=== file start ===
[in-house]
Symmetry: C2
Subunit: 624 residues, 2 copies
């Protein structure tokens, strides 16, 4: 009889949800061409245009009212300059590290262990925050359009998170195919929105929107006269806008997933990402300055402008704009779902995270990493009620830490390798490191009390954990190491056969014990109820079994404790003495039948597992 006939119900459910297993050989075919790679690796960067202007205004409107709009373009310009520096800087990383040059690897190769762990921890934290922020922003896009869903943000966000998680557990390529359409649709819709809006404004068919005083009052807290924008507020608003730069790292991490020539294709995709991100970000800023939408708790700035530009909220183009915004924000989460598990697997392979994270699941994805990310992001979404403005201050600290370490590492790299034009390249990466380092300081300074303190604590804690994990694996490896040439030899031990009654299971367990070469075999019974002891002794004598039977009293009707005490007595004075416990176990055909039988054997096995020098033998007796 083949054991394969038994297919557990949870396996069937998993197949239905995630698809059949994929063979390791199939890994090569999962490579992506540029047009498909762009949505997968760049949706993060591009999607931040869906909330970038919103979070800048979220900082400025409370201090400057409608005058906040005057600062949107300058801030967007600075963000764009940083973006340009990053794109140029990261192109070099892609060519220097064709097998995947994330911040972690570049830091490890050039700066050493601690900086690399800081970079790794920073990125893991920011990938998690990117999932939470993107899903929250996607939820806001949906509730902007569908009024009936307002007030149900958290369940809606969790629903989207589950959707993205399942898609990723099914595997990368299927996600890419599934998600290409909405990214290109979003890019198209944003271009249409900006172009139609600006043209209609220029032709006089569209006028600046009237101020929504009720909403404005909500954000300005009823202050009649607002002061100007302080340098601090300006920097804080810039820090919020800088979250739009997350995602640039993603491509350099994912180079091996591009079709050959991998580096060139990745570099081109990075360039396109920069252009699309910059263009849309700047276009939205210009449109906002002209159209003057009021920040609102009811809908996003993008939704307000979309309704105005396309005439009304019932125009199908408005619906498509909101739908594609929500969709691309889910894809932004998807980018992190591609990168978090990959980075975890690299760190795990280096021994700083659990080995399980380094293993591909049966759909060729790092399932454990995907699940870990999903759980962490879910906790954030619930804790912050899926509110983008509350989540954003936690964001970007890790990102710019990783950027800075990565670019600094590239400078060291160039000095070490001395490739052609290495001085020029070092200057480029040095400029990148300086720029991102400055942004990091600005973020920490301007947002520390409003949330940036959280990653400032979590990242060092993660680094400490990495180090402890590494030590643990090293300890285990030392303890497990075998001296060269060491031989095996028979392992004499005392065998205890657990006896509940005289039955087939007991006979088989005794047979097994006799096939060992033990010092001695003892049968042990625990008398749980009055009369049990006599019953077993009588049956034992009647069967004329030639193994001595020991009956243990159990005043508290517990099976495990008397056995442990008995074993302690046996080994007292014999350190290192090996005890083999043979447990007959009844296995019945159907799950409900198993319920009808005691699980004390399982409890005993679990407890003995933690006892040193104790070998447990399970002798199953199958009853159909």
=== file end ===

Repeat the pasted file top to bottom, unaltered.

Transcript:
[in-house]
Symmetry: C2
Subunit: 624 residues, 2 copies
């Protein structure tokens, strides 16, 4: 009889949800061409245009009212300059590290262990925050359009998170195919929105929107006269806008997933990402300055402008704009779902995270990493009620830490390798490191009390954990190491056969014990109820079994404790003495039948597992 006939119900459910297993050989075919790679690796960067202007205004409107709009373009310009520096800087990383040059690897190769762990921890934290922020922003896009869903943000966000998680557990390529359409649709819709809006404004068919005083009052807290924008507020608003730069790292991490020539294709995709991100970000800023939408708790700035530009909220183009915004924000989460598990697997392979994270699941994805990310992001979404403005201050600290370490590492790299034009390249990466380092300081300074303190604590804690994990694996490896040439030899031990009654299971367990070469075999019974002891002794004598039977009293009707005490007595004075416990176990055909039988054997096995020098033998007796 083949054991394969038994297919557990949870396996069937998993197949239905995630698809059949994929063979390791199939890994090569999962490579992506540029047009498909762009949505997968760049949706993060591009999607931040869906909330970038919103979070800048979220900082400025409370201090400057409608005058906040005057600062949107300058801030967007600075963000764009940083973006340009990053794109140029990261192109070099892609060519220097064709097998995947994330911040972690570049830091490890050039700066050493601690900086690399800081970079790794920073990125893991920011990938998690990117999932939470993107899903929250996607939820806001949906509730902007569908009024009936307002007030149900958290369940809606969790629903989207589950959707993205399942898609990723099914595997990368299927996600890419599934998600290409909405990214290109979003890019198209944003271009249409900006172009139609600006043209209609220029032709006089569209006028600046009237101020929504009720909403404005909500954000300005009823202050009649607002002061100007302080340098601090300006920097804080810039820090919020800088979250739009997350995602640039993603491509350099994912180079091996591009079709050959991998580096060139990745570099081109990075360039396109920069252009699309910059263009849309700047276009939205210009449109906002002209159209003057009021920040609102009811809908996003993008939704307000979309309704105005396309005439009304019932125009199908408005619906498509909101739908594609929500969709691309889910894809932004998807980018992190591609990168978090990959980075975890690299760190795990280096021994700083659990080995399980380094293993591909049966759909060729790092399932454990995907699940870990999903759980962490879910906790954030619930804790912050899926509110983008509350989540954003936690964001970007890790990102710019990783950027800075990565670019600094590239400078060291160039000095070490001395490739052609290495001085020029070092200057480029040095400029990148300086720029991102400055942004990091600005973020920490301007947002520390409003949330940036959280990653400032979590990242060092993660680094400490990495180090402890590494030590643990090293300890285990030392303890497990075998001296060269060491031989095996028979392992004499005392065998205890657990006896509940005289039955087939007991006979088989005794047979097994006799096939060992033990010092001695003892049968042990625990008398749980009055009369049990006599019953077993009588049956034992009647069967004329030639193994001595020991009956243990159990005043508290517990099976495990008397056995442990008995074993302690046996080994007292014999350190290192090996005890083999043979447990007959009844296995019945159907799950409900198993319920009808005691699980004390399982409890005993679990407890003995933690006892040193104790070998447990399970002798199953199958009853159909």